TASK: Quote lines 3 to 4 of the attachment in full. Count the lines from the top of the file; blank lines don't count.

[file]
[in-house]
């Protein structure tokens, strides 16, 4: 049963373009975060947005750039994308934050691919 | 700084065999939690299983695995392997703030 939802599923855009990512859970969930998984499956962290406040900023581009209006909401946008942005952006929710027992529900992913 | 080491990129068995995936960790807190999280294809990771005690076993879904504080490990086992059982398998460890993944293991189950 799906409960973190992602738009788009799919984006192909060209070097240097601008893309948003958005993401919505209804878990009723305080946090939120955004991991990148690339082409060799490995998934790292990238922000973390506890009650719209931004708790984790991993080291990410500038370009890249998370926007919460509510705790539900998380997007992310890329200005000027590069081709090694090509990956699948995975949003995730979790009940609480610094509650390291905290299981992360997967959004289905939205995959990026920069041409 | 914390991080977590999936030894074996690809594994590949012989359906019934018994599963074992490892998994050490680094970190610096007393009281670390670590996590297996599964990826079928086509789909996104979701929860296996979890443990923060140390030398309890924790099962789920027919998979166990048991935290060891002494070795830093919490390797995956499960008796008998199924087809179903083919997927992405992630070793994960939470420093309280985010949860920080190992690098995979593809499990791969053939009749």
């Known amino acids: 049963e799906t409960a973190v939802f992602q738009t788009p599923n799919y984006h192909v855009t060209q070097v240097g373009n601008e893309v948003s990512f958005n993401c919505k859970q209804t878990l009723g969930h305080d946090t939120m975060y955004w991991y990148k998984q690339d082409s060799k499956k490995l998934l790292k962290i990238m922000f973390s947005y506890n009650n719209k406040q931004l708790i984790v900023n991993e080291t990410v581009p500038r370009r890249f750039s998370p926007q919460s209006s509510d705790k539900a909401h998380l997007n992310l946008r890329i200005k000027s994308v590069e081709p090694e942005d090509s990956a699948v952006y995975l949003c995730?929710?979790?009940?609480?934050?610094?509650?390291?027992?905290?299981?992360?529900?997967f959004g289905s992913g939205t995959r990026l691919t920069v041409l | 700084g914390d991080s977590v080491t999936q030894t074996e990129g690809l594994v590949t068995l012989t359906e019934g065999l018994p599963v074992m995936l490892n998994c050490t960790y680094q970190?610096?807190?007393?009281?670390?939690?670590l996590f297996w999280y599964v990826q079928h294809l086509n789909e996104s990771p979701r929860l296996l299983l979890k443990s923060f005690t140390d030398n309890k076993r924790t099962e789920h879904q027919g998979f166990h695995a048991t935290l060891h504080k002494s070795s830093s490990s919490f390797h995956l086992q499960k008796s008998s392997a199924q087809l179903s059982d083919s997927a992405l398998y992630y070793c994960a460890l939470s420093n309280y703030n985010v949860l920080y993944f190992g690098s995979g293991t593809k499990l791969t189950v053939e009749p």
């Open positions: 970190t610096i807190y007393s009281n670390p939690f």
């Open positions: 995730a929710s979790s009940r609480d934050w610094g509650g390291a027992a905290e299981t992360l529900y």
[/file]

């Known amino acids: 049963e799906t409960a973190v939802f992602q738009t788009p599923n799919y984006h192909v855009t060209q070097v240097g373009n601008e893309v948003s990512f958005n993401c919505k859970q209804t878990l009723g969930h305080d946090t939120m975060y955004w991991y990148k998984q690339d082409s060799k499956k490995l998934l790292k962290i990238m922000f973390s947005y506890n009650n719209k406040q931004l708790i984790v900023n991993e080291t990410v581009p500038r370009r890249f750039s998370p926007q919460s209006s509510d705790k539900a909401h998380l997007n992310l946008r890329i200005k000027s994308v590069e081709p090694e942005d090509s990956a699948v952006y995975l949003c995730?929710?979790?009940?609480?934050?610094?509650?390291?027992?905290?299981?992360?529900?997967f959004g289905s992913g939205t995959r990026l691919t920069v041409l | 700084g914390d991080s977590v080491t999936q030894t074996e990129g690809l594994v590949t068995l012989t359906e019934g065999l018994p599963v074992m995936l490892n998994c050490t960790y680094q970190?610096?807190?007393?009281?670390?939690?670590l996590f297996w999280y599964v990826q079928h294809l086509n789909e996104s990771p979701r929860l296996l299983l979890k443990s923060f005690t140390d030398n309890k076993r924790t099962e789920h879904q027919g998979f166990h695995a048991t935290l060891h504080k002494s070795s830093s490990s919490f390797h995956l086992q499960k008796s008998s392997a199924q087809l179903s059982d083919s997927a992405l398998y992630y070793c994960a460890l939470s420093n309280y703030n985010v949860l920080y993944f190992g690098s995979g293991t593809k499990l791969t189950v053939e009749p």
């Open positions: 970190t610096i807190y007393s009281n670390p939690f």